Most studios would be overjoyed to have pioneered one significant advancement in video game history, but then again, most studios aren’t Kesmai. While it’s not a household name today, it’s reasonable to say that without the heavy lifting and backbreaking coding that this company shouldered in the ’80s and ’90s, the MMO genre would’ve turned out very different indeed.
Previously in this space, we met two enterprising designers named Kelton Flinn and John Taylor who recognized that multiplayer was the name of the future and put their careers on the line to see an idea through to completion. That idea was Island of Kesmai, an ancestor of the modern MMO that used crude ASCII graphics and CompuServe’s network to provide an interactive, cooperative online roleplaying experience. It wasn’t the first MMO, but it was the first one published commercially, and sometimes that makes all the difference.
Flinn and Taylor’s Kesmai didn’t stop with being the first to bring MMOs to the big time, however. Flush with cash and success, Kesmai turned its attention to the next big multiplayer challenge: 3-D graphics and real-time combat. Unlike the fantasy land of Island of Kesmai, this title would take to the skies in aerial dogfighting and prove even more popular than the team’s previous project.
Released in 1986, Air Warrior didn’t just wow the crowds over; it stunned them into complete and utter awe. Keep in mind that concepts like “multiplayer” and “3-D” and “online” were so rare at the time that any one of these was enough to make headlines. Yet here was a game that provided all three in a tight package that offered players the opportunity to jump into a World War II-era cockpit and duke it out with friends and strangers in completely different locations.
Now, it’s important not to oversell this game. While Air Warrior had 3-D graphics, these were primitive wireframes and certainly not easy on the eyes. As with Island of Kesmai, the studio shopped around for an online provider to host it and settled with GEnie (Kesmai would later port the product to other services such as CompuServe as well). And like Island of Kesmai, Air Warrior wasn’t cheap, costing flyboys and flygirls $6 an hour through a 1200-baud or slower modem. You’d need a 386 PC with 25Mhz of speed and 3MB of RAM to run it, which was a powerful system back then.
Unlike Island of Kesmai, however, Air Warrior wasn’t a persistent online world but rather a lobby-based PvP title. Even without the persistence, a strong community developed with fans following the franchise for well over a decade.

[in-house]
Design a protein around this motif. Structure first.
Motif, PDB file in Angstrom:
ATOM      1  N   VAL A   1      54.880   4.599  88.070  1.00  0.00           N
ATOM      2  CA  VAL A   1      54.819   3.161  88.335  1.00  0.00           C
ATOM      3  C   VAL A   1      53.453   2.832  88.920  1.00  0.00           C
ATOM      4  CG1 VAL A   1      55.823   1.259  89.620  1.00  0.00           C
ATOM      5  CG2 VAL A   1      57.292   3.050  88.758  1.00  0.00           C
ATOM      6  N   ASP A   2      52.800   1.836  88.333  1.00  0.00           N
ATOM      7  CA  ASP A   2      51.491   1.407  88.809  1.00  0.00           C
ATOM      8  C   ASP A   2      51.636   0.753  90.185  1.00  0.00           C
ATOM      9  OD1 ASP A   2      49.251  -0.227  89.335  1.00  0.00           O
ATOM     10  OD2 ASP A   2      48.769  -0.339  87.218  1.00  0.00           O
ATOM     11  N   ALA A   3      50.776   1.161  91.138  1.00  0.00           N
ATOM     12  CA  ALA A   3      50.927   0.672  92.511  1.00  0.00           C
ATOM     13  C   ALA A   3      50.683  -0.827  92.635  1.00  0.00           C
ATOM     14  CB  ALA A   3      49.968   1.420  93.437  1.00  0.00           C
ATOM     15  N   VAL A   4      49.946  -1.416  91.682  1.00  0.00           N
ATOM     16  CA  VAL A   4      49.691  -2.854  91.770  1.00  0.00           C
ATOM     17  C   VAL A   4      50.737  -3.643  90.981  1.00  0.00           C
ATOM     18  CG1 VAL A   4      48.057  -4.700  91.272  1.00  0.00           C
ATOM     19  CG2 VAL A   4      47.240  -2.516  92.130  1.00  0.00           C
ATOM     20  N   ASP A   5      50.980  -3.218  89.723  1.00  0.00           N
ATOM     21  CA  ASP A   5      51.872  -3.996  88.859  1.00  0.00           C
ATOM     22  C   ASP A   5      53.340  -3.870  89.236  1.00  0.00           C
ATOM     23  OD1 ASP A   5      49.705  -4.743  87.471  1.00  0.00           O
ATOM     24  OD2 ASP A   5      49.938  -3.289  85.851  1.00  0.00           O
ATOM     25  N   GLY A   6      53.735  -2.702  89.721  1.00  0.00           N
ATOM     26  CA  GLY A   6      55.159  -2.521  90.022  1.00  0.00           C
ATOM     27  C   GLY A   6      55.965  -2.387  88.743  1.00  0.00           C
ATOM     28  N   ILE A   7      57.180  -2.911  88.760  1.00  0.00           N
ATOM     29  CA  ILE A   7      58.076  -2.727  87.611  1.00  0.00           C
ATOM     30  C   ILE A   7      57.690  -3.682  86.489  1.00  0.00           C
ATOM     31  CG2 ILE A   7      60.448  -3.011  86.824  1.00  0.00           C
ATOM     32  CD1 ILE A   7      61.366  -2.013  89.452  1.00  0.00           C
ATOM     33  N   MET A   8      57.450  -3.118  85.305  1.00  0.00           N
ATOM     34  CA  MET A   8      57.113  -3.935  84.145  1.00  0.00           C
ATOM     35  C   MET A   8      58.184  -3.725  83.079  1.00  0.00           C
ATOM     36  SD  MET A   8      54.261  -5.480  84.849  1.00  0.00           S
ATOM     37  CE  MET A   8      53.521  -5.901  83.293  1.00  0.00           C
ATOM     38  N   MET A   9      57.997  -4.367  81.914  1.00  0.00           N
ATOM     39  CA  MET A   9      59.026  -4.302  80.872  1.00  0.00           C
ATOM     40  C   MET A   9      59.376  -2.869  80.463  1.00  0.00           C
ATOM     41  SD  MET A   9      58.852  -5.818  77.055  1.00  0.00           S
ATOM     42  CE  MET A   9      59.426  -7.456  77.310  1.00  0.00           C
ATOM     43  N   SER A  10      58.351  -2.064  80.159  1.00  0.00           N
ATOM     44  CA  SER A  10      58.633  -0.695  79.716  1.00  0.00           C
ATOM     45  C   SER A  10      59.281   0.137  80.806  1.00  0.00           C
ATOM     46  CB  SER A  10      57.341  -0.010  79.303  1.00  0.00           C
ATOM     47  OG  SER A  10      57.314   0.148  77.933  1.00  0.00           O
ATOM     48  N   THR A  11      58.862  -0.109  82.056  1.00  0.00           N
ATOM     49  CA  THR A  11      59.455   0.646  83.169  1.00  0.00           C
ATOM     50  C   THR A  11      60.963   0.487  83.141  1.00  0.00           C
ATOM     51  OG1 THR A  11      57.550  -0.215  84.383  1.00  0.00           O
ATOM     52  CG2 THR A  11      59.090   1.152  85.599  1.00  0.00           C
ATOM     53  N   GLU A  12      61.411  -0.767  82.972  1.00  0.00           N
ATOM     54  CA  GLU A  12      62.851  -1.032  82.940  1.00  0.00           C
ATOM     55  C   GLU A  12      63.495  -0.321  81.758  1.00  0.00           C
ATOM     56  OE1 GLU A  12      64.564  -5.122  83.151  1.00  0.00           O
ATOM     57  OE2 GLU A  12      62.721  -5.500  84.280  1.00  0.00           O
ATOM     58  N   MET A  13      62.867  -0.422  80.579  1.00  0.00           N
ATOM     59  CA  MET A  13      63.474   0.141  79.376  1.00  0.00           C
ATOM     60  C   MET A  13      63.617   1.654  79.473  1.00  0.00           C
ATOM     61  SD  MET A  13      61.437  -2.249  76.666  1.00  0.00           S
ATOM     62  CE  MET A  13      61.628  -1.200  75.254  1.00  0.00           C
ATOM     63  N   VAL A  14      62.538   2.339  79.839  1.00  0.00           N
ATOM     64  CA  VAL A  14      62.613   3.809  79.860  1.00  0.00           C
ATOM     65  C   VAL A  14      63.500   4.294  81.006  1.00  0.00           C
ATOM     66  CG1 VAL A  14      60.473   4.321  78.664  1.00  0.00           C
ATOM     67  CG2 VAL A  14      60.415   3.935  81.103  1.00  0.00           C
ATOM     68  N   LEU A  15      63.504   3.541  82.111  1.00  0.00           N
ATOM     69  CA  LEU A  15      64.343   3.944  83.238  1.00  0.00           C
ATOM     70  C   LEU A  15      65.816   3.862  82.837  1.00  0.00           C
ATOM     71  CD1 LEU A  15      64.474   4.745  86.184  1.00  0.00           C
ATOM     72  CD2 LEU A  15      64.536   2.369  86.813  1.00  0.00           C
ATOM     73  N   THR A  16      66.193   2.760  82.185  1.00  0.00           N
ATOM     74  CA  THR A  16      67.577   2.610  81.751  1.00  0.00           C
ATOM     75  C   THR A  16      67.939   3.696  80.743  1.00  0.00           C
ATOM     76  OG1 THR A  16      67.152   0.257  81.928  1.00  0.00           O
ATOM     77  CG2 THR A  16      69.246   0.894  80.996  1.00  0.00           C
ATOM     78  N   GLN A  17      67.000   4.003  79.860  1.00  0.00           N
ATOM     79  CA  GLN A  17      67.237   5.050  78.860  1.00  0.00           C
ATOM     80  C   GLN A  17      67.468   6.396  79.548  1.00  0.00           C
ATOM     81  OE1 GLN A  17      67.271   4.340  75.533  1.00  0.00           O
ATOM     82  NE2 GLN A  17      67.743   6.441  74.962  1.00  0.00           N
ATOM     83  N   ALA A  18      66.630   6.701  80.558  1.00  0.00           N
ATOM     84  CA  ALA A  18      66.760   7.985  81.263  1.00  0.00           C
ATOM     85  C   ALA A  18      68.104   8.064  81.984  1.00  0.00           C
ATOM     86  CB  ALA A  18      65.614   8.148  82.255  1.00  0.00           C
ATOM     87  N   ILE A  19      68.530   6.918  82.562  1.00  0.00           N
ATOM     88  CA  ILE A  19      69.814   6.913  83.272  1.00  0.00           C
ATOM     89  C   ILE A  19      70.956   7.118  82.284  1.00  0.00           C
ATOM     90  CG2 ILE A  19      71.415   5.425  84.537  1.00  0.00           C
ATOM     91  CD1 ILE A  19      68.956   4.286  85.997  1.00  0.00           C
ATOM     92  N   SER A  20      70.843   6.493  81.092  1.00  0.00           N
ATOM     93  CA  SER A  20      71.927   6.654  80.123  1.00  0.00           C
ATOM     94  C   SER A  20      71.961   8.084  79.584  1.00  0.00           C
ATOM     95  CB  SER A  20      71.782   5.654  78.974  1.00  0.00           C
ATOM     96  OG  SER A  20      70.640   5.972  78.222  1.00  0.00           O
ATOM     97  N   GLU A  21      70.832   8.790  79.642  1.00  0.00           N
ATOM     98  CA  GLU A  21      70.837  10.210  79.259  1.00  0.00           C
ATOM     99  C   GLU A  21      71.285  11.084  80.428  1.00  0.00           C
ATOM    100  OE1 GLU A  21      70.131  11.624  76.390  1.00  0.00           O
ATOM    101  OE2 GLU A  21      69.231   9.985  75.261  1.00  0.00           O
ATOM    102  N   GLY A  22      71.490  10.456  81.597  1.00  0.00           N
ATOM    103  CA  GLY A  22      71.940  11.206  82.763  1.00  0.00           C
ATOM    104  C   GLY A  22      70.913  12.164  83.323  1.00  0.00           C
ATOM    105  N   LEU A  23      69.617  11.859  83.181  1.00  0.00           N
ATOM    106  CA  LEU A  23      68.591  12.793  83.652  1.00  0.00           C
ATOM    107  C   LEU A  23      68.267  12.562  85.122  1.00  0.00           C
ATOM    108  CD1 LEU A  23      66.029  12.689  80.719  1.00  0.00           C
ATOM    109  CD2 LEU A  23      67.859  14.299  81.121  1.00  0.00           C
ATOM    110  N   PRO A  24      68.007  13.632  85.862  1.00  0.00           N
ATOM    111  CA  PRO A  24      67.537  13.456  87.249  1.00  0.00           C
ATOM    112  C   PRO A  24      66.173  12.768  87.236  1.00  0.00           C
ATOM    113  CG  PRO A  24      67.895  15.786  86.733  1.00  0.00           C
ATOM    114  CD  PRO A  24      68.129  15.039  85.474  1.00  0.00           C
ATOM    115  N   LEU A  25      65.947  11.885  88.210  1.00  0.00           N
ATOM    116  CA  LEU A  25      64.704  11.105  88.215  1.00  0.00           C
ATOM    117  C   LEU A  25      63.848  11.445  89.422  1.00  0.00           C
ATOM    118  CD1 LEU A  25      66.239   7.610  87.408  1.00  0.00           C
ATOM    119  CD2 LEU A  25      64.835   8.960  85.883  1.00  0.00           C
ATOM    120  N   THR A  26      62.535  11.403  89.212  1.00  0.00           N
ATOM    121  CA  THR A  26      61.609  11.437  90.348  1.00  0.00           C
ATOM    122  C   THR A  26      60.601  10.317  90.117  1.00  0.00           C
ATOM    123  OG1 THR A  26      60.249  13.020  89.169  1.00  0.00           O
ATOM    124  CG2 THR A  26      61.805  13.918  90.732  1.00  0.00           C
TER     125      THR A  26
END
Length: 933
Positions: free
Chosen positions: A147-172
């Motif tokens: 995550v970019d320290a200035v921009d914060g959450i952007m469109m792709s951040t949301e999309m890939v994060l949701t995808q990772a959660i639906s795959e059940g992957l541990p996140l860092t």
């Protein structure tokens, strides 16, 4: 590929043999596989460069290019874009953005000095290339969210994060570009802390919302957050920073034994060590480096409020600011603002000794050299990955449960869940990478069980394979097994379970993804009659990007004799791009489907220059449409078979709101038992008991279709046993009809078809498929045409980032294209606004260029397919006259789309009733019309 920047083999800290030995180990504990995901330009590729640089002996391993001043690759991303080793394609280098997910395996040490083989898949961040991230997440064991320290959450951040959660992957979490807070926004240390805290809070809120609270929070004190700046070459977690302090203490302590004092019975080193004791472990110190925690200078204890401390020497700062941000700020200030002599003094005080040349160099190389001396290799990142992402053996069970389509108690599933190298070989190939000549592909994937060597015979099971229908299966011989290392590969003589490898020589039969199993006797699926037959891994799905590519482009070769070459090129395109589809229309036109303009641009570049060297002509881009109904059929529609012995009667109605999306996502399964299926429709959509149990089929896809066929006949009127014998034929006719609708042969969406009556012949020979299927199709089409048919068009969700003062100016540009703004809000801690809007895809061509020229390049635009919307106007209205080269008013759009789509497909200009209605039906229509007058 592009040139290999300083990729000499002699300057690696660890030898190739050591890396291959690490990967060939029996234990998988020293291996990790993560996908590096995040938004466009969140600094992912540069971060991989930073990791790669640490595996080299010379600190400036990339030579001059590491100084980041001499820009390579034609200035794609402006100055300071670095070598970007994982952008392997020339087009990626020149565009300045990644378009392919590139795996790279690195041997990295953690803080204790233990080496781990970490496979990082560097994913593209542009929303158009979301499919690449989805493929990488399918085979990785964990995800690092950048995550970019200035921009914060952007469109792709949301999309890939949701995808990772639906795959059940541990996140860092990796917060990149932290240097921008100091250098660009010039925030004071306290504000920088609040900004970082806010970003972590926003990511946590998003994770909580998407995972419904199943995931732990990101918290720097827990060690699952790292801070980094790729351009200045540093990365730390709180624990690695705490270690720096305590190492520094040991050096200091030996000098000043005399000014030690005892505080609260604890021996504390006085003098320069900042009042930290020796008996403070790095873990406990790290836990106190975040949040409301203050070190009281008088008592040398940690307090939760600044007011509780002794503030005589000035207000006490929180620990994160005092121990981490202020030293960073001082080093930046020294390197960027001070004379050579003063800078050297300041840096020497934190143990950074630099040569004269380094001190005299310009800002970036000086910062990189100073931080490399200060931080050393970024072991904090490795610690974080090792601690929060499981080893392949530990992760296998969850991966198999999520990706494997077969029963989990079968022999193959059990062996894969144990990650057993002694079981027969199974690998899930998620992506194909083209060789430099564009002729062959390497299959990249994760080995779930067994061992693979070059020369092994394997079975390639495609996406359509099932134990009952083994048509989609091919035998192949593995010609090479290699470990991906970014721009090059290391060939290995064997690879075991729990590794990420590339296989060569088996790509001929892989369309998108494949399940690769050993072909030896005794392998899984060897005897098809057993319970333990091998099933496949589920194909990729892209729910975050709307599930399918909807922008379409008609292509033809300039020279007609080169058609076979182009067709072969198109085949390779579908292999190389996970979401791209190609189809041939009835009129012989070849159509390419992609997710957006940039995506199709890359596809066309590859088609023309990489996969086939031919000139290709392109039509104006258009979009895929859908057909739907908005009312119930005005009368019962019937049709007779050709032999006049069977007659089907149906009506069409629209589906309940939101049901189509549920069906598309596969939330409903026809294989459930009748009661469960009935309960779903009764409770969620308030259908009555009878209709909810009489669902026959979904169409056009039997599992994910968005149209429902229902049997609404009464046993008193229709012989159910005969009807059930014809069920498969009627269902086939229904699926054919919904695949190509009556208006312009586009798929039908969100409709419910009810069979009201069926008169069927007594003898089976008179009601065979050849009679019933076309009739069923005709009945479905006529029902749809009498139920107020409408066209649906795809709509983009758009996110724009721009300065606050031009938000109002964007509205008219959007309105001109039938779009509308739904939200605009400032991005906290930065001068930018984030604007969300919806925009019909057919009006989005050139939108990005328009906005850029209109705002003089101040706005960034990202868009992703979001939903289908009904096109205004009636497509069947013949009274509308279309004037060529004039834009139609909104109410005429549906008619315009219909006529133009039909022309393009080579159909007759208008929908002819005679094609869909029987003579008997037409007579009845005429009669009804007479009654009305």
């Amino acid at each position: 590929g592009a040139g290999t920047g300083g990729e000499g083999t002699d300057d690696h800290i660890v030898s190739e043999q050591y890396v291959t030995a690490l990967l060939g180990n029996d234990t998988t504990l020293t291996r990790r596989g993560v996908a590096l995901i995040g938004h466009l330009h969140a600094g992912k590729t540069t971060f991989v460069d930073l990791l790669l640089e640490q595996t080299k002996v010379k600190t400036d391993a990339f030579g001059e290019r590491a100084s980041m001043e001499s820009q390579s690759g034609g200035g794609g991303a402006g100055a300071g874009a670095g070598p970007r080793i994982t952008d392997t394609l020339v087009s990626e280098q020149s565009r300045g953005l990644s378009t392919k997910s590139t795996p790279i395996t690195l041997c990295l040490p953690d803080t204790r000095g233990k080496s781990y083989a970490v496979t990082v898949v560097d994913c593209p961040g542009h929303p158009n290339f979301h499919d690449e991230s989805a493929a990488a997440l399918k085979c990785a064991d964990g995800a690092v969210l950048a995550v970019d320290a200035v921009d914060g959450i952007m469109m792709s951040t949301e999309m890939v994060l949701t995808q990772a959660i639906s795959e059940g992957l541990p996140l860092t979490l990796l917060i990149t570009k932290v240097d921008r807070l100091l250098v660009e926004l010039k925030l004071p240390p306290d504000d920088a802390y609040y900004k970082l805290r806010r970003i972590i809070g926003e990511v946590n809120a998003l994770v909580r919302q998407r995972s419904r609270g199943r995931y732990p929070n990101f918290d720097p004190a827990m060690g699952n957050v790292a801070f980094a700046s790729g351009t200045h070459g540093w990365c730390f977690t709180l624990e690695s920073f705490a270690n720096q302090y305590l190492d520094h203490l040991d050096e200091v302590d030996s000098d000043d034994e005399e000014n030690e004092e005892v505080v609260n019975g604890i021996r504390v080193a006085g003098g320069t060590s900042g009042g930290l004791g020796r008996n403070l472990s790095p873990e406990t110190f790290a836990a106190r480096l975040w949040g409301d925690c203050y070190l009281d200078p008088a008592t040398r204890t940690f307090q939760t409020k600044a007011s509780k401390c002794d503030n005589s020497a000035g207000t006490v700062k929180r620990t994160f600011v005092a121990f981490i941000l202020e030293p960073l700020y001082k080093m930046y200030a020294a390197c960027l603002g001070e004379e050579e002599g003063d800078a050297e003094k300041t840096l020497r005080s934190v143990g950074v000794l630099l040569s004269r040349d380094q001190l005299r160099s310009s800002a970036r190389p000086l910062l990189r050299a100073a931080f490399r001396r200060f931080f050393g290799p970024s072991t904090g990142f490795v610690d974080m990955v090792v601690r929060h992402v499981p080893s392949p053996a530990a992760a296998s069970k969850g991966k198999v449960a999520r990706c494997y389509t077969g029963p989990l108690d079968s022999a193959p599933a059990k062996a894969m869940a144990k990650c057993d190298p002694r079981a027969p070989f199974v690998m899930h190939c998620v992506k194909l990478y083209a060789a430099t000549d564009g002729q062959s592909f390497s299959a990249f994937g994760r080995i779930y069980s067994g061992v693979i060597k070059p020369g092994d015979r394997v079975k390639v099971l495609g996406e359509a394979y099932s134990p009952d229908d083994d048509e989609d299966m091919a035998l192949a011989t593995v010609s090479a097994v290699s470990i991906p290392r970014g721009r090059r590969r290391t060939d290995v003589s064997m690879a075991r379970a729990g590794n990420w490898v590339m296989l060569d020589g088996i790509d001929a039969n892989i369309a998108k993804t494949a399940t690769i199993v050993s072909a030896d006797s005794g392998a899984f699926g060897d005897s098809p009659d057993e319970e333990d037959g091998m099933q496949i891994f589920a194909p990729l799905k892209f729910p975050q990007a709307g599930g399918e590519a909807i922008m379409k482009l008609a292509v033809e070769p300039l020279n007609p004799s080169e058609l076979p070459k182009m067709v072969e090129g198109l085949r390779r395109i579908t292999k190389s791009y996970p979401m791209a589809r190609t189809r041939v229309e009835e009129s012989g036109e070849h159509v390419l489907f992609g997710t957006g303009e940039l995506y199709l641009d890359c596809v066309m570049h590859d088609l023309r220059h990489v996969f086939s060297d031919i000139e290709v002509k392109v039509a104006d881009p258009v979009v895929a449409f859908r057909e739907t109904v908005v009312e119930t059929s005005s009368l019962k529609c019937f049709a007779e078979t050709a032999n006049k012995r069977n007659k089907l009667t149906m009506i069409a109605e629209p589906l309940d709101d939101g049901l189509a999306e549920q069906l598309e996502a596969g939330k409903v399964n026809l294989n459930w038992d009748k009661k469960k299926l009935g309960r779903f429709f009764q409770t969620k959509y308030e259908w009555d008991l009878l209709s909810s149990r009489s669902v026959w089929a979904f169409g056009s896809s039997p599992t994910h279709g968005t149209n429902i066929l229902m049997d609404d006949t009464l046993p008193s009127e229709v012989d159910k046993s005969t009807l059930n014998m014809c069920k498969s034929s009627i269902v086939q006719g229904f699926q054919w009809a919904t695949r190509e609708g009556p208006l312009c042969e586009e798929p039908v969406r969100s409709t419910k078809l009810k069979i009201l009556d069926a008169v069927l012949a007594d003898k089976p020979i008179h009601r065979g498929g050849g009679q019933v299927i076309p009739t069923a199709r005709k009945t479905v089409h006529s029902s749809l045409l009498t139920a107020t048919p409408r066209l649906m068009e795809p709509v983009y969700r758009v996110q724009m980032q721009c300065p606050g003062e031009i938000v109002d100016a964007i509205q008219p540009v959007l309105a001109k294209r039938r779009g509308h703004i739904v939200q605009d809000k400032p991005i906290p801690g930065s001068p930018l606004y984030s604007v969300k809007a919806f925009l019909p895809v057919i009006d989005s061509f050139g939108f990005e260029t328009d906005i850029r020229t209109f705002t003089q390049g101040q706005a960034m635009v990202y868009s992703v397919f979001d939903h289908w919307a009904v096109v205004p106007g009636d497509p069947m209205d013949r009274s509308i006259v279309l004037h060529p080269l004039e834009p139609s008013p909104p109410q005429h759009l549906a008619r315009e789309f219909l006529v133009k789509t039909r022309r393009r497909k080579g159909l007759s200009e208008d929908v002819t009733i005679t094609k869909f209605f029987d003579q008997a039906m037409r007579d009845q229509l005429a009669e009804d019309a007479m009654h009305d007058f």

While it lacked many of the requirements to be considered a full MMORPG, Air Warrior is worth mentioning for its technical achievements and for the fact that it helped start the online flight sim genre. Kesmai went on to develop several sequels for Air Warrior, including an improved graphical version, an edition for Windows, and Air Warrior II. Kesmai eventually sold the property to EA, which published Air Warrior III: Millennium Version in 2000. Unfortunately, Air Warrior III was taken offline in 2001, only to see spiritual successors such as Battlefield 1942 take its place.
Legends of Kesmai
Even while Kesmai was jetting forward into the future as fast as it could, its founding game wasn’t forgotten. By the time Island of Kesmai was retired in 1995, the team was hard at work on a sequel called Legends of Kesmai. The third installment in the Kesmai legacy went into beta in 1996 and released a year later.
Legends of Kesmai used its predecessor as a template for development, offering a graphically enhanced version (bitmapped sprites that were somewhat animated) with significant tweaks to its core gameplay. It also used a GUI to make it much more accessible to late-1990s crowds and offered a faster response time between user input and game feedback.
Just as Island of Kesmai was competing with fellow MUDs at the time for being the best of the bleeding edge, so too did Legends of Kesmai have to contend with a new crop of online graphical MMOs: Meridian 59, Ultima Online, and Lineage. The reason Legends of Kesmai didn’t compete well is that it looked positively ancient in comparison to these upstarts, all of which were coded from fresh instead of rehashing a mid-1980s design.
After years of innovation in the video game, MMO, and service provider fields, Kesmai’s hot streak finally ran cold. As the industry shifted away from service providers, GameStorm’s popularity dropped. News Corp. sold Kesmai to Electonic Arts in 1999, sounding the death knell for the studio. EA held onto the studio for a brief year before gutting it and shutting it down.
At the turn of the millennium, when MMOs hit the next level of popular success with games like EverQuest, Kesmai and Legends of Kesmai were ushered off the stage unceremoniously.
It’s good not to end this column on a down note. While it’s a shame that a studio as innovative as Kesmai didn’t live to see the genre it helped birth blossom into the raging success it is today, it’s still saluted in many circles as one of the most influential companies that got MMOs going. While many players forgot Kesmai or were too young to have ever experienced its games and services, there were those who kept its memory alive.
In 2011, the Games Developers Choice Awards announced that it ws going to honor Kesmai by bestowing upon its founders, John Taylor and Kelton Flinn, the Online Game Legend Award. This award recognized “the career and achievements of a particular creator who has made an indelible impact on the craft of online game development.”
Considering just how much Kesmai gave to MMO gamers, I think it is just and fitting that we were able to give back to them this small measure of appreciation for their hard work. There are worse epitaphs for a studio than “game legend,” after all.